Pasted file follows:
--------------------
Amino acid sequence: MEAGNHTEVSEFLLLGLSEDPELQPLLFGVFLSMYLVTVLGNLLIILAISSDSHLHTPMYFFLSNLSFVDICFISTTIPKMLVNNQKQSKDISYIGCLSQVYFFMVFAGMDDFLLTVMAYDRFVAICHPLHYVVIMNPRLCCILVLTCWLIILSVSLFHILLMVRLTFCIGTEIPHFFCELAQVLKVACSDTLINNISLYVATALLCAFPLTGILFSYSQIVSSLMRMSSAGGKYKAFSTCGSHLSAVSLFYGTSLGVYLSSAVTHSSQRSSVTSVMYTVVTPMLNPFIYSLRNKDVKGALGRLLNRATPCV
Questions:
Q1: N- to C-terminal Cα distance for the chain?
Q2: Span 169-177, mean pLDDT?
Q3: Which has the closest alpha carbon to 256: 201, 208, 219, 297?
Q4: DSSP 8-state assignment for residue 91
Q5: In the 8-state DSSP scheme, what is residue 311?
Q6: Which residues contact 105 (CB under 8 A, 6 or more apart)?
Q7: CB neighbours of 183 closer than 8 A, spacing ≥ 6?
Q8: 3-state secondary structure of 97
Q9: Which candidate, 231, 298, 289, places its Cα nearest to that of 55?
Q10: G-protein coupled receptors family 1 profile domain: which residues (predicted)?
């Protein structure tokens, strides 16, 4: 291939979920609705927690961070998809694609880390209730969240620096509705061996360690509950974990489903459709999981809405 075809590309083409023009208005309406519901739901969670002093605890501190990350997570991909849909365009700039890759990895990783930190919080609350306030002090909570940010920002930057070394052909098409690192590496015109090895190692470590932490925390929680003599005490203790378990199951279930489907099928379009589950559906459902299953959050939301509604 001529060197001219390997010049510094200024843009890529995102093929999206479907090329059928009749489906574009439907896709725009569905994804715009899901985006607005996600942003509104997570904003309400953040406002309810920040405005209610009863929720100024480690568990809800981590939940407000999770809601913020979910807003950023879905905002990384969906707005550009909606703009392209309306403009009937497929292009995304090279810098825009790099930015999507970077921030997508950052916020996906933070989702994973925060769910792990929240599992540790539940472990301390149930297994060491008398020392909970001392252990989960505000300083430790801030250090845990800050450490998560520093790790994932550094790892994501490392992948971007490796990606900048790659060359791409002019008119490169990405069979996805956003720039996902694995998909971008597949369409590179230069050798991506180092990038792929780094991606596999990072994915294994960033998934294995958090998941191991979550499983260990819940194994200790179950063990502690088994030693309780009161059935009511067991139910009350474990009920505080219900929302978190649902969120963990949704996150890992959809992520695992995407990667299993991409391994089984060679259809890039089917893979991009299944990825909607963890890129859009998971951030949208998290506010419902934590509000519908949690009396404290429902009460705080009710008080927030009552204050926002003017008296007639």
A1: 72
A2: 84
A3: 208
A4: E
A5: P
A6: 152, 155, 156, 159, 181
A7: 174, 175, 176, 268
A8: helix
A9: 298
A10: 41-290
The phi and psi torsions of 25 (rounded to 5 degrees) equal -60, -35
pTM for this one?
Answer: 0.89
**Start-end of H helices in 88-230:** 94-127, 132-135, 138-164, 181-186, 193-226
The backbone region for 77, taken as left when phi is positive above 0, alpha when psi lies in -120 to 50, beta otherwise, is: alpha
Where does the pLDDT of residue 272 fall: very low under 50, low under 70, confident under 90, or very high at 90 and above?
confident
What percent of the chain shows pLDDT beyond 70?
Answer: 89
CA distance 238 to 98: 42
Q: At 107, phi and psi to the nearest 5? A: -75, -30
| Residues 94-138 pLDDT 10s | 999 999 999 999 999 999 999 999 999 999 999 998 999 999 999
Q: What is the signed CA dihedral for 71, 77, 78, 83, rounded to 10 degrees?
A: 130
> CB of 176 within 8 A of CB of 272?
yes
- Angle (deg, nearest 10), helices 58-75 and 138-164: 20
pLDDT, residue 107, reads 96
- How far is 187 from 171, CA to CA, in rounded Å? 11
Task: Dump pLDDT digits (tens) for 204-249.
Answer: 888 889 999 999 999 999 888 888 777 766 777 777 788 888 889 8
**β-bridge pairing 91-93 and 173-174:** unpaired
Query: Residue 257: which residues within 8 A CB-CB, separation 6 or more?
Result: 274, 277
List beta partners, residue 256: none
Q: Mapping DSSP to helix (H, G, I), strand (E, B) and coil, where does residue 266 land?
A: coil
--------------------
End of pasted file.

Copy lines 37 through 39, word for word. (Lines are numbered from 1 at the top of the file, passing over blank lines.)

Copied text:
A: 130
> CB of 176 within 8 A of CB of 272?
yes